I just had a conversation with some radio pros about what we as an industry need to do to be more memorable in the age of smart speakers that rely on listener recall to find the right station and the right app. Some of our old techniques from the diary days just might be relevant once again.
From an imaging standpoint, I think there are a few things we can do between the songs to help listeners find us in the moment on an Amazon Echo, Google Home or Apple Homepod.
1. Choose a consistent Name/Position Statement for use across all platforms.
There are lots of stations with the same name and/or same frequency out there. So, unless your brand incorporates the call letters, you’re gonna need something unique to you.Simply asking your listeners to “play Kiss FM” can result in them listening to a station that isn’t yours and having them latch on to a different station in a different market all together. When I was with the now-Entercom cluster in Pittsburgh, we adopted Y108Pittsburgh as our handle for all the station’s social media accounts, so it was natural to use those to identify our Y108 as the country station in Pittsburgh, PA and not the rock station in Toronto, ON.
2. Eliminate dead segues
PPM led to less audio identification between the songs, because with encoding, we didn’t need it. Now, more than ever, we need to drill it into our listeners’ brains who they’re listening to between every song. Utilizing “blinks” or “shotguns” in place of dead segues that reinforce the station name/position that finds your station on smart speakers and Apple Car play/Android Auto as well.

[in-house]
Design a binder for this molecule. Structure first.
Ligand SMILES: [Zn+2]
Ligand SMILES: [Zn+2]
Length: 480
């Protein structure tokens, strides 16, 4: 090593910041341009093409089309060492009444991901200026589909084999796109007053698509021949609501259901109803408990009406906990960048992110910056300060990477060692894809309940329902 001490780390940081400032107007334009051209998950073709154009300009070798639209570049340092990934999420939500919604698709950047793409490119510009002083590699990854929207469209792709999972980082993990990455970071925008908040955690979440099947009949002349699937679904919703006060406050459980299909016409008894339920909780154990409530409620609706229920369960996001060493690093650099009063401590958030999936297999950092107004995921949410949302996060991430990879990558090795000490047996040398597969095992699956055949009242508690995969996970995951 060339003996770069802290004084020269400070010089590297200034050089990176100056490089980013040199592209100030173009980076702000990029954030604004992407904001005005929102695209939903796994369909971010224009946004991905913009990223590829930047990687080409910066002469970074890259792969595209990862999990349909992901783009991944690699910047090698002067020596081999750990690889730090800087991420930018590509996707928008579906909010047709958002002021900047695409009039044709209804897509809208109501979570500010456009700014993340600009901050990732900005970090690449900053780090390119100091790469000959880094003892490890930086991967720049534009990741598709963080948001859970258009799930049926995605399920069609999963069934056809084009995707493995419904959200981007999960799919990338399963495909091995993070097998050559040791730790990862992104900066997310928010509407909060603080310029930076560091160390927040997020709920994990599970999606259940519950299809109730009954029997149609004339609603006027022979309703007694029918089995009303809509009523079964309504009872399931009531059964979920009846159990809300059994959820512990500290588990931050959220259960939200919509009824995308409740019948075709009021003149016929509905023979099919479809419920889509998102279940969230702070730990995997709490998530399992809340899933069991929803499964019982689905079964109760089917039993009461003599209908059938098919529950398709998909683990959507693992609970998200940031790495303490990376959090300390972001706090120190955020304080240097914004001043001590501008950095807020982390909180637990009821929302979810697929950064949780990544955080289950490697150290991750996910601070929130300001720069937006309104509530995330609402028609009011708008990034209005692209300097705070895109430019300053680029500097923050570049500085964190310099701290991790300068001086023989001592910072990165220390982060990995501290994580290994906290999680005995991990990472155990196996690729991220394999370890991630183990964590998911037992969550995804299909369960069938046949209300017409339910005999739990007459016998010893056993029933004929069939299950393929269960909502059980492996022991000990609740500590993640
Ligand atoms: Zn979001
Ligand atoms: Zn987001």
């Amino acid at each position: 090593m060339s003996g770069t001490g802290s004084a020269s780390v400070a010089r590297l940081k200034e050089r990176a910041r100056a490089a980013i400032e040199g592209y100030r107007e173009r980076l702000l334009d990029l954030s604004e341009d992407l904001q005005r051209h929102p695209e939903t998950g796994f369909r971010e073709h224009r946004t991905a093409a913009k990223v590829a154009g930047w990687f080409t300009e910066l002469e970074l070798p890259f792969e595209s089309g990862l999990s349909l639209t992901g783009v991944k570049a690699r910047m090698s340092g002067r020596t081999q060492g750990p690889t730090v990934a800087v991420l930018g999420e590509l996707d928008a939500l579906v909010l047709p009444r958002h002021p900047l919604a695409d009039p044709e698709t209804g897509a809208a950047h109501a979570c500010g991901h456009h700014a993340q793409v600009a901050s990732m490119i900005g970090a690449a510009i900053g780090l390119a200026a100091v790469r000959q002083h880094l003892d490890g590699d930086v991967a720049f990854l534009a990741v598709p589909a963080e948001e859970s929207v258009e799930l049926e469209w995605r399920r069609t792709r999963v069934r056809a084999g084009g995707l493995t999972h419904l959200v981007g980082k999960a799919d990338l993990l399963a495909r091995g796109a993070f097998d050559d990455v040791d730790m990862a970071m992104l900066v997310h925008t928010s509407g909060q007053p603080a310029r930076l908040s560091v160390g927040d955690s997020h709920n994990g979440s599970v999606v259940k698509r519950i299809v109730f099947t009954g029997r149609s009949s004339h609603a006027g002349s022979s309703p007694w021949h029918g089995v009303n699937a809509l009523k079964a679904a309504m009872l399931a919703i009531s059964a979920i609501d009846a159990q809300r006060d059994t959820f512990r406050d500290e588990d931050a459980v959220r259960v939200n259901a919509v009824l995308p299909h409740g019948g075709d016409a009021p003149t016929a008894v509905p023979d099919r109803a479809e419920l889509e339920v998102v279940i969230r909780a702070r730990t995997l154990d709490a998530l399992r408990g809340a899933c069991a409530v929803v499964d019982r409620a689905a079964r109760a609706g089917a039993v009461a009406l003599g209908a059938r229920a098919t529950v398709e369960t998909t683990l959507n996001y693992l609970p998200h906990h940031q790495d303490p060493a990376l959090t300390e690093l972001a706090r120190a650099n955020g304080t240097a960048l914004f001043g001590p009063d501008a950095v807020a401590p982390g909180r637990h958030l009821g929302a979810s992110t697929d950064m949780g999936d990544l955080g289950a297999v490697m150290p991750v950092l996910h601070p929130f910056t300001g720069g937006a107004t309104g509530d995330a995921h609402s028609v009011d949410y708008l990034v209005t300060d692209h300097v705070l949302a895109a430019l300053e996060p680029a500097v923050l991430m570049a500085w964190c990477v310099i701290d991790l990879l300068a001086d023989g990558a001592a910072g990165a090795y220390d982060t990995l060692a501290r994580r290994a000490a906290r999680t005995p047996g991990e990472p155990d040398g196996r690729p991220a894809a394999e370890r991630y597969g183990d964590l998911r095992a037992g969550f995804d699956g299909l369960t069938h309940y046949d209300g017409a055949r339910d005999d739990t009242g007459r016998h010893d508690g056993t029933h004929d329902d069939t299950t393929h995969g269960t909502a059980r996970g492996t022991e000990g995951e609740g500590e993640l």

3. Listener education sweepers
Most stations have done a pretty good job at this, but there are multiple ways to approach it. Amazon’s Echo has a “Simon says” feature that allows you to get Alexa to deliver lines you write for her (within reason as she self-sensors any questionable content). But, having Alexa talk about attributes of your station or market can be a fun way to incorporate her into your local programming while educating the audience on where to find your stream.You could also record Alexa, Siri & Google having an argument over the best way to listen to your station. There’s a lot of fun to be had while teaching our listeners how to consume our brands in new ways.
4. Taking things a step further, beyond the imaging, is possibly the most radical idea of all to bring back…outside marketing
Radio makes its revenue marketing other brands to its audience. We work day-in and day-out expressing to clients the importance of branding, frequency, calls-to-action, etc. Yet, for the better part of the past two decades, radio’s own marketing efforts have completely vanished.
Billboards, bus boards, TV commercials, and at the very least, cross-promotion among cluster mates can help expand your brand and embed that recall in your listeners’ brains. And then there’s also the idea of merchandise. I’ve written on this subject before and it’s possibly even more relevant now. Check that sample out here. https://bit.ly/2tnUFb7
These are just a few things to keep in mind as our audience adopts more listening via smart speakers and connected cars. You’ll also want to keep an eye out for a potential panel discussion on this subject at this summer’s Conclave 44, happening June 19th-21th at the Delta Hotel in Minneapolis.